In 2011, Jack Waite realized his dream of producing and sharing high-quality food when he founded Agua Dulce Farm—a different breed of farm in southeast Austin. Waite admits he never planned on becoming a farmer, even though his childhood was rooted in homegrown food. “Growing up, we always had a huge garden,” he says. “I’d go out with a salt shaker in hand and eat tomatoes right off the vine. Those were happy moments.”
Over years and various careers, growing food was never too far from Waite’s heart—even when he lived in a cramped apartment and gardened out of containers. It was while living and working in Italy, though, that something clicked. He noticed how the culture there treated food very differently from the culture back home. “People in Italy really care about where their food is coming from…and that it’s healthy and prepared well,” he says. “It’s more of a community experience, more than just putting calories in your body.”
As Waite adopted a similar attitude, his connection toward food grew beyond gardening and sprouted into a passion. He was ready to transition to a career in food—he just wasn’t sure which way to go. Upon returning stateside, he visited friends in Milwaukee who had just established an aquaponic farm where they raised fish and grew produce. Waite was completely fascinated with the contained, soilless system where fish and plants work together symbiotically and naturally to produce food via water. “I had never heard of aquaponics,” says Waite. “But I loved the idea of combining fish and farming. It hit me hard.”
Waite’s friends had been studying the concept with Growing Power, a nonprofit farm founded by former basketball player Will Allen, who has been advocating aquaponics for over two decades. Waite would eventually meet Allen in person—an event that remains a career highlight for him.
Back in Austin, Waite thought the farming concept would be a perfect fit for our temperamental climate. “I spent the next few years thinking up my farm,” he says. “I read anything I could get my hands on. I also researched other aquaponic farms, hydroponic farms and conventional farms. And I did a lot of market research.”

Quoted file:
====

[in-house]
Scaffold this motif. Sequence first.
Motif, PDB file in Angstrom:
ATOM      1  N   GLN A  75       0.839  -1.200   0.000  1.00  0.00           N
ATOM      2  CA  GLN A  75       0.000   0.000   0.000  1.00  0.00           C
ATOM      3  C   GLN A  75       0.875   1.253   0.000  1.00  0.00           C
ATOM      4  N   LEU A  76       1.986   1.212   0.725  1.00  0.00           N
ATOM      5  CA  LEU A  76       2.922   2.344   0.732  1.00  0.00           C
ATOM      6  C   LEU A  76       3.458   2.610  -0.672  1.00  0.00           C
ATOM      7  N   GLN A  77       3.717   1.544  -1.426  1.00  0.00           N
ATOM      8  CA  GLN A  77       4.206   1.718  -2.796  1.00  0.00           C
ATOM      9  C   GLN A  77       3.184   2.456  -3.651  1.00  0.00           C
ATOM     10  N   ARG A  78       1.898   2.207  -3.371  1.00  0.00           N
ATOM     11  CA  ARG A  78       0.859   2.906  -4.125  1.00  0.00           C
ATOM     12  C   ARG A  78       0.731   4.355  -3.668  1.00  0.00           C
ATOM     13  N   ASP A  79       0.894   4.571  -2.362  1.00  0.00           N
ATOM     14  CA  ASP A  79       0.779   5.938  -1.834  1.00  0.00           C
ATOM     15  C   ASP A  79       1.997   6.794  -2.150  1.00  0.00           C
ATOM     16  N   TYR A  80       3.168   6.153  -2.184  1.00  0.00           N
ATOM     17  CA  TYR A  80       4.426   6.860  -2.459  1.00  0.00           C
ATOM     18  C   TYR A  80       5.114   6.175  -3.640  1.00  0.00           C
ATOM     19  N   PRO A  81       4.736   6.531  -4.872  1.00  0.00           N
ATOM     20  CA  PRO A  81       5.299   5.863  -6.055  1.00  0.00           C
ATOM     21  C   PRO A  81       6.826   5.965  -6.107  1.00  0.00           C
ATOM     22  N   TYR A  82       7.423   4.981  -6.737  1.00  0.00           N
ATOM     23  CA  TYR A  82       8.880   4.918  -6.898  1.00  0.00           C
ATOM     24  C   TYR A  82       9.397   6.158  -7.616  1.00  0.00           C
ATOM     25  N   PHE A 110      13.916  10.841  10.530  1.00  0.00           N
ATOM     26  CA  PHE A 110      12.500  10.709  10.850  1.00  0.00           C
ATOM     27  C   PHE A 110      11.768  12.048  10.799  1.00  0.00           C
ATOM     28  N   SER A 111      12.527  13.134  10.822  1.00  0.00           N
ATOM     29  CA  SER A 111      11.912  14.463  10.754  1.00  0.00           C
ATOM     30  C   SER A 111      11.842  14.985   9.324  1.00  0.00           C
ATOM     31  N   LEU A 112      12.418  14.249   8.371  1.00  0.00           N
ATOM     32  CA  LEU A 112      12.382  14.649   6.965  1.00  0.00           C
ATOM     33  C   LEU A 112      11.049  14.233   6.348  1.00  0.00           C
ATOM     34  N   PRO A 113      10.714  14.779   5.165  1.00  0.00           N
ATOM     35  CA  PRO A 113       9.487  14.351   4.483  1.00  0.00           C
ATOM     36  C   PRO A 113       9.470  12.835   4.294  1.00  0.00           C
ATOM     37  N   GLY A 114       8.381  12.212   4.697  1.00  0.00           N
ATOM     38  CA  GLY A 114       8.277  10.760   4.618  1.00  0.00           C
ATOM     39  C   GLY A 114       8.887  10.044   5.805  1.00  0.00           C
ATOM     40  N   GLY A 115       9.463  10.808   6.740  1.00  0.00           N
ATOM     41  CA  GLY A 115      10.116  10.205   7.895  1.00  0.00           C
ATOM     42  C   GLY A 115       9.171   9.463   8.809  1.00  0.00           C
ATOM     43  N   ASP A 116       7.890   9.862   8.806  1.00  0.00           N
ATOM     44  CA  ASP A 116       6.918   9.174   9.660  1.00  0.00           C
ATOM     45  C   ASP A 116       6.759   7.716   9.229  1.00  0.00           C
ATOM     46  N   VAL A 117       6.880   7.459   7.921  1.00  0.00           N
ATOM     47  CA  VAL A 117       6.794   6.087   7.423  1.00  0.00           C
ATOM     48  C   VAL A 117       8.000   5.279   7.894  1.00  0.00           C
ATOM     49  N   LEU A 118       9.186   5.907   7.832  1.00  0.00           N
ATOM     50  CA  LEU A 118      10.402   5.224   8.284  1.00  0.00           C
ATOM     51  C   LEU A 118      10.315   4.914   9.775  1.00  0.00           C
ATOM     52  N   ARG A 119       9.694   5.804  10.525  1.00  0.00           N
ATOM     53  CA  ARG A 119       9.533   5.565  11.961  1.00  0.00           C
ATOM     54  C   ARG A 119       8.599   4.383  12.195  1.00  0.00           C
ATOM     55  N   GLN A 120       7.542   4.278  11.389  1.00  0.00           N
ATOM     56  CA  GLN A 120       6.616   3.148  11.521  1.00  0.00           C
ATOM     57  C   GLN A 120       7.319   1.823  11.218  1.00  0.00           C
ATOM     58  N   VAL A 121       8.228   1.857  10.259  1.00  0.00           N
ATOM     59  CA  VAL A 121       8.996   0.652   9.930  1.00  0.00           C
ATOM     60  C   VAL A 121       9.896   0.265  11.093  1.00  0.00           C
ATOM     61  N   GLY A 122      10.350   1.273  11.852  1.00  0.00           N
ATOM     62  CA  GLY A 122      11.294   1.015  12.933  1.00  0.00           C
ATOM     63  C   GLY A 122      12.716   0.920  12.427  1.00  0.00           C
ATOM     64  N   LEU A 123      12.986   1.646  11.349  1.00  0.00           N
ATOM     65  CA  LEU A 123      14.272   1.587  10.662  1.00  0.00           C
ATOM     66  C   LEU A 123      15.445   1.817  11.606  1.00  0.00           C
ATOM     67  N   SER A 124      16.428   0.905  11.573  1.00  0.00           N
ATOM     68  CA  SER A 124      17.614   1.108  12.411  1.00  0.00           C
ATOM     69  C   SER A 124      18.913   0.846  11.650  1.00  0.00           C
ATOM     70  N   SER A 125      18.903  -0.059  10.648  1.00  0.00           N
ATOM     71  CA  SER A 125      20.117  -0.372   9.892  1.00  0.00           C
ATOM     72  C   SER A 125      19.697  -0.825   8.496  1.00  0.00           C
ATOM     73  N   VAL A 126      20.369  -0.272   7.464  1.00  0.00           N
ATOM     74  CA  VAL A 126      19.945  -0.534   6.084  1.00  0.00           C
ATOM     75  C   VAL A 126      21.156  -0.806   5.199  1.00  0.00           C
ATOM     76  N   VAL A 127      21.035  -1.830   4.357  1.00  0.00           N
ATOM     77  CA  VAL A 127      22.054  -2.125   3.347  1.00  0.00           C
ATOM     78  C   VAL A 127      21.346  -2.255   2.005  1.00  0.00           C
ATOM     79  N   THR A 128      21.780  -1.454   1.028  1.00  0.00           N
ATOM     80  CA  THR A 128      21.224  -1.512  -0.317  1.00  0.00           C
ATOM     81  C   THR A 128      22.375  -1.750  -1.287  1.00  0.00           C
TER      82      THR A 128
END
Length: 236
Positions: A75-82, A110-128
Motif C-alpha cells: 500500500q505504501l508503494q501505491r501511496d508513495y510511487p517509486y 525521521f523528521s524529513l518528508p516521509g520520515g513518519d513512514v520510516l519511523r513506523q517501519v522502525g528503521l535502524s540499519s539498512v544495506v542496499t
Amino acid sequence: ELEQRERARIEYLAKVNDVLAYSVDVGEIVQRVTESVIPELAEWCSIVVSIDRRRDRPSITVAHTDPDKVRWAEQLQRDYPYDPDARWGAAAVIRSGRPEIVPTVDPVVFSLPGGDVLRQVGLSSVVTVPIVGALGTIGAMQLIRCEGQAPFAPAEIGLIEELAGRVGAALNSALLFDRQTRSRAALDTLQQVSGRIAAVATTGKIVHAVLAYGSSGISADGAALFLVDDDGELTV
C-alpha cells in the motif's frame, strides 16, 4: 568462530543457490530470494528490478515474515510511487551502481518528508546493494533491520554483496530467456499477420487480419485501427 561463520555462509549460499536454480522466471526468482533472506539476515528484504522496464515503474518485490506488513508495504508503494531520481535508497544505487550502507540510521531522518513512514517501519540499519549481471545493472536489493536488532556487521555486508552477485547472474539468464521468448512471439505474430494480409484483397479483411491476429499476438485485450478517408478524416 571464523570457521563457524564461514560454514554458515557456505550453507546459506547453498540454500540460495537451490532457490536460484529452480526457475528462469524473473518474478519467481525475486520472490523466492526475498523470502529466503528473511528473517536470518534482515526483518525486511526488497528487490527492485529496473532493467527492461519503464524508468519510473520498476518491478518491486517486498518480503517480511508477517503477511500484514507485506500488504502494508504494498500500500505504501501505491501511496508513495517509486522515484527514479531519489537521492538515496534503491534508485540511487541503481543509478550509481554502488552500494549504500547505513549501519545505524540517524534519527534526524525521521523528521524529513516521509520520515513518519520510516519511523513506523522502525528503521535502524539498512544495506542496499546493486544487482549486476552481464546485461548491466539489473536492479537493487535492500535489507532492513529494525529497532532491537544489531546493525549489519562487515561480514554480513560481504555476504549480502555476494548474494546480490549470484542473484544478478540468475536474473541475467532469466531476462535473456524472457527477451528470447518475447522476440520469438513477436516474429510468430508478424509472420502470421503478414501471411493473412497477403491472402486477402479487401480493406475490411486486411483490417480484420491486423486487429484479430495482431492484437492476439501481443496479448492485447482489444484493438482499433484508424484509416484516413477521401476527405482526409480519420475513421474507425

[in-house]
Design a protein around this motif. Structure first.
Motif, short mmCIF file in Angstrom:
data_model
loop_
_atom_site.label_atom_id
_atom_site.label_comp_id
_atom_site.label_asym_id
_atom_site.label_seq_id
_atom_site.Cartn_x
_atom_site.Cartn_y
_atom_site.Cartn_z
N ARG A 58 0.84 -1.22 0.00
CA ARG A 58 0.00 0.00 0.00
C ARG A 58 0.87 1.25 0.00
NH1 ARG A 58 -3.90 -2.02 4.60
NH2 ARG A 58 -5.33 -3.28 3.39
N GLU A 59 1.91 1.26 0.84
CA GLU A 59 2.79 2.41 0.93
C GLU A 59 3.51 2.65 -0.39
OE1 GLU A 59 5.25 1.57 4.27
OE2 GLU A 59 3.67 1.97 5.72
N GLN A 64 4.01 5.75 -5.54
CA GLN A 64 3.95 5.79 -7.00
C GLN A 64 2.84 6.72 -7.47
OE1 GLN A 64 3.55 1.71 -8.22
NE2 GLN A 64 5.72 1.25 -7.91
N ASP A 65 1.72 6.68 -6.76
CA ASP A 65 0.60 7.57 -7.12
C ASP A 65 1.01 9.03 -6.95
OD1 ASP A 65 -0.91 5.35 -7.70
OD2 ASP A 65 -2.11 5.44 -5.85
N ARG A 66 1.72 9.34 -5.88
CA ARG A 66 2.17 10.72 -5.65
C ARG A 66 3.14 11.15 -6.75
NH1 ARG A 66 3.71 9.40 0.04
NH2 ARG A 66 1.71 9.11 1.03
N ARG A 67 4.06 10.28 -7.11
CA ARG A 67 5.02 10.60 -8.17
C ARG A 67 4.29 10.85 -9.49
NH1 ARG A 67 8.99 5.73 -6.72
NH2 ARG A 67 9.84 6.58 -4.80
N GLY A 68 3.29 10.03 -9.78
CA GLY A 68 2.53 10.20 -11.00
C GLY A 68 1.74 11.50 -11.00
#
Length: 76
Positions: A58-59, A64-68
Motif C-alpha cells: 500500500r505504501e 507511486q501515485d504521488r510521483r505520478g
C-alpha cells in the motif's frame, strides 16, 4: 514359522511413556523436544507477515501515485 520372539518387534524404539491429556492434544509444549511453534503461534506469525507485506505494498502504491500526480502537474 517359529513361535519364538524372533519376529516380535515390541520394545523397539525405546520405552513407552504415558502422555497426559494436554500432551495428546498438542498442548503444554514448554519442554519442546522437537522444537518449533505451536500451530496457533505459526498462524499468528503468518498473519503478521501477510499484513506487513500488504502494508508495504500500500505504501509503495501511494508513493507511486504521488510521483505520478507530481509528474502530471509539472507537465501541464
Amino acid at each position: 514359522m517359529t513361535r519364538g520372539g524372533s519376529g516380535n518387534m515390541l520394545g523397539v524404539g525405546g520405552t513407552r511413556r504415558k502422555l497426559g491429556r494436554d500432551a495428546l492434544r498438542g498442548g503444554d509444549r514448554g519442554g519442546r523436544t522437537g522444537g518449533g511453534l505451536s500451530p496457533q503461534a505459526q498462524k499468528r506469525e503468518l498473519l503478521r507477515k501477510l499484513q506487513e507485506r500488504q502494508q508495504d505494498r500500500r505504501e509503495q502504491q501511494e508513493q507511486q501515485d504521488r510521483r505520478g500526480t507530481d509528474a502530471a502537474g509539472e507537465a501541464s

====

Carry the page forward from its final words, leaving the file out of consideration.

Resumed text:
When Waite found investors to fund his dream, he left the cubicle world behind forever. But before any actual farming could be done, there were numerous hurdles to overcome: finding land, acquiring proper urban-farming permits and figuring out what to do when the consulting company he’d hired to help design and implement his system went belly-up and he was forced to learn the ropes himself—and there was a sizable learning curve. “Everything was done in huge iterations where it could come collapsing down to the ground,” says Waite.
One of his biggest challenges was the actual design of the farm. There were only a few small buildings on the property, and Waite was frustrated with the high cost of building a sufficient structure for the fish to live in. “Then late one night, I came up with the idea to use shipping containers, and a friend suggested that I insulate them,” he says. “These shipping containers could hold several tanks of fish, and by placing them close to the greenhouses, the water could easily travel back and forth, nourishing both the fish and the plants.”
Finally, he had a functional system in place, and he began to build and develop relationships with local food producers, growers and artisans, as well as espouse (to just about anyone who would listen) the benefits of sustainability-friendly aquaponic farming. Some of those listening were local chefs. “Jack is such a special farmer,” says Todd Duplechan of Lenoir. “He’s willing to take risks and do things a lot of other farmers won’t, like grow unusual herbs that I request. He wants to give it a try.”
Coined Agua Dulce (Sweet Water), Waite’s farm currently produces organic lettuce, leafy greens and specialty herbs, as well as native Texas Bluegill and Black Crappie. Because the farm uses water instead of soil, the pH levels are monitored closely. “It’s constant troubleshooting and adjusting,” says Waite. “We also need to feed the fish, usually twice per day. How well the fish are eating is also an excellent barometer of water quality. Happy fish equals healthy water.”
Currently, Waite is focused on building relationships and ways to make the farm even more sustainable—something he’s earnest about. “I cringe a little when people call aquaponics a sustainable way of farming,” he says. “Because, in a lot of ways, it’s not. If Agua Dulce had solar panels and a well for our water source, it would be close to being fully sustainable.” But Waite believes this farming system has the potential to one day play an important role in the local food system. “I couldn’t dream of producing one percent of food for Austin, capacity-wise, with my farm,” he says. “But what if there were a bunch of aquaponic farms around the city, even on rooftops?” And looking at the bigger picture, Waite anticipates the concept could one day have a role in harnessing untapped resources, such as utilizing the ocean to grow food or developing innovative technology to grow food in outer space. All of these possibilities keep Waite inspired. “What the next big thing will be…that’s what gets me excited!”
For more information, visit aguadulceaustin.com or call 512-658-5223.
by Monica Johnson • Photography by Pauline Stevens